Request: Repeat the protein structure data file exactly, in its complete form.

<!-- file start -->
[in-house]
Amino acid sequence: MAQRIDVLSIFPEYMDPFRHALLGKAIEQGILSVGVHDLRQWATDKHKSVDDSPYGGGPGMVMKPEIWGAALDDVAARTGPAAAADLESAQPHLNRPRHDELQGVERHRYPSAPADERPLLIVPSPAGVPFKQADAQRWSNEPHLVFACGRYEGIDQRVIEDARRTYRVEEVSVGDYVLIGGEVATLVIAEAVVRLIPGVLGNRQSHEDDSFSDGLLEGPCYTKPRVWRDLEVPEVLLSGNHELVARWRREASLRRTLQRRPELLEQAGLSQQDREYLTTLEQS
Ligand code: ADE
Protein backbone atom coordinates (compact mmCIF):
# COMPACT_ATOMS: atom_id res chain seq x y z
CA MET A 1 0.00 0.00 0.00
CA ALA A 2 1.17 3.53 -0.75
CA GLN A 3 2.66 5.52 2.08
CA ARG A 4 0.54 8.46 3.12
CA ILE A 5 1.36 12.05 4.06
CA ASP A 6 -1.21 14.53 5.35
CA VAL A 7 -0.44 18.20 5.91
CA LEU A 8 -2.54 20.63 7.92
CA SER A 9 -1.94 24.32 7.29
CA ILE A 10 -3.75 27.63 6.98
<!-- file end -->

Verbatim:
[in-house]
Amino acid sequence: MAQRIDVLSIFPEYMDPFRHALLGKAIEQGILSVGVHDLRQWATDKHKSVDDSPYGGGPGMVMKPEIWGAALDDVAARTGPAAAADLESAQPHLNRPRHDELQGVERHRYPSAPADERPLLIVPSPAGVPFKQADAQRWSNEPHLVFACGRYEGIDQRVIEDARRTYRVEEVSVGDYVLIGGEVATLVIAEAVVRLIPGVLGNRQSHEDDSFSDGLLEGPCYTKPRVWRDLEVPEVLLSGNHELVARWRREASLRRTLQRRPELLEQAGLSQQDREYLTTLEQS
Ligand code: ADE
Protein backbone atom coordinates (compact mmCIF):
# COMPACT_ATOMS: atom_id res chain seq x y z
CA MET A 1 0.00 0.00 0.00
CA ALA A 2 1.17 3.53 -0.75
CA GLN A 3 2.66 5.52 2.08
CA ARG A 4 0.54 8.46 3.12
CA ILE A 5 1.36 12.05 4.06
CA ASP A 6 -1.21 14.53 5.35
CA VAL A 7 -0.44 18.20 5.91
CA LEU A 8 -2.54 20.63 7.92
CA SER A 9 -1.94 24.32 7.29
CA ILE A 10 -3.75 27.63 6.98